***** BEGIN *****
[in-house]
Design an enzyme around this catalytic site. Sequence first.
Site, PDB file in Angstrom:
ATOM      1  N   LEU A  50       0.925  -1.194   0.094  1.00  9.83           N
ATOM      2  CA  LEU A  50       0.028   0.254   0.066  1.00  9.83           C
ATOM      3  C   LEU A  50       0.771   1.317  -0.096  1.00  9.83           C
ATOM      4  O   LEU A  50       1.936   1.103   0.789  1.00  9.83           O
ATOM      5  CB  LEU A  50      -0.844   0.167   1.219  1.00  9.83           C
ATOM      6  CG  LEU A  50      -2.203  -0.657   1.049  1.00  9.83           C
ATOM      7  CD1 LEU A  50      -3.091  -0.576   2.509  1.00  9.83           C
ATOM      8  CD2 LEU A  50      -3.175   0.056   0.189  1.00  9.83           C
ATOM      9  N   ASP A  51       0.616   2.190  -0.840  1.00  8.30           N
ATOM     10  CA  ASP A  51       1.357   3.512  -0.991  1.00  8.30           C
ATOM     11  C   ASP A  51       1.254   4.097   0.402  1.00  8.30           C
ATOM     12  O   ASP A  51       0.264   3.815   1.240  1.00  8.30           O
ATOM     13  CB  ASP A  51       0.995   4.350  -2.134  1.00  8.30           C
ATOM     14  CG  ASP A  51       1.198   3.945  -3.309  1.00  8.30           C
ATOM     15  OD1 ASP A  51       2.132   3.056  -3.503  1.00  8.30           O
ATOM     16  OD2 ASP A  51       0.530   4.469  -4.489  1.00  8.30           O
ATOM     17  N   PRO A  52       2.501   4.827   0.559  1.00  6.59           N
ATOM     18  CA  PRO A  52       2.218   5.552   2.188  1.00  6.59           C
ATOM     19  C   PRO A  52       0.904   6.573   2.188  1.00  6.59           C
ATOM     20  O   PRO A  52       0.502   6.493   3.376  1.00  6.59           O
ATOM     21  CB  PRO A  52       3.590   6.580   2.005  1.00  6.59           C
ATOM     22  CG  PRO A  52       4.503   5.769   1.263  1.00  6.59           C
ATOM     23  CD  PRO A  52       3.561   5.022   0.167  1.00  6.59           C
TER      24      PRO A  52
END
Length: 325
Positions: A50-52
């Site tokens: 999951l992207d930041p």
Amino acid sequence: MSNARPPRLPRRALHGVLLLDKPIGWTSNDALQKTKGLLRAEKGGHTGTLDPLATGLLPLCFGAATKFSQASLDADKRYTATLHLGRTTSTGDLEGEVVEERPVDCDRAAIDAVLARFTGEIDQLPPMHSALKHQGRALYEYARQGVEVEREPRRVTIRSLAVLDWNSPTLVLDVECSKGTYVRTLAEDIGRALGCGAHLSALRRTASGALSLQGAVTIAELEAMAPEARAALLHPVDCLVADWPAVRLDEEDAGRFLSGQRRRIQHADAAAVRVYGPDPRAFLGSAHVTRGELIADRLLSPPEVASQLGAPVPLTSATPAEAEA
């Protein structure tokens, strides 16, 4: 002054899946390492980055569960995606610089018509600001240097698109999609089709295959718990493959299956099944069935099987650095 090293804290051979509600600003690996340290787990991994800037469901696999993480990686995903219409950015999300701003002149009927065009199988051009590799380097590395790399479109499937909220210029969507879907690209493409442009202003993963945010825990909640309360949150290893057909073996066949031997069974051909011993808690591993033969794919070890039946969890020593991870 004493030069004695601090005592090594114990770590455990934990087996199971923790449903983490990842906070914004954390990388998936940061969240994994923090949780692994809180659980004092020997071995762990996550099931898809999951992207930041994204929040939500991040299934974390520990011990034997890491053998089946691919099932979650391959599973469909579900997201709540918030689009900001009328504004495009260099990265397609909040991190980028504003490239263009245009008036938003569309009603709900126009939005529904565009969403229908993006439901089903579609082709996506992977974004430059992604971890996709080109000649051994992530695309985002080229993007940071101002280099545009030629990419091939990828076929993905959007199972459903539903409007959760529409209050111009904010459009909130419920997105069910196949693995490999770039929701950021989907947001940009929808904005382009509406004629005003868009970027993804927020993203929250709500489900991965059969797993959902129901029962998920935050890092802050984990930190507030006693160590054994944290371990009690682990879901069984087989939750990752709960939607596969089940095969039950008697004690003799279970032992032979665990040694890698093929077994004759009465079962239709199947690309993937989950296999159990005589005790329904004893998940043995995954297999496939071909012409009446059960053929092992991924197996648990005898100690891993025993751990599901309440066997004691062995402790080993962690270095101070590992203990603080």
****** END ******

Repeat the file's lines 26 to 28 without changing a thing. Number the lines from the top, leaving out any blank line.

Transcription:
ATOM     23  CD  PRO A  52       3.561   5.022   0.167  1.00  6.59           C
TER      24      PRO A  52
END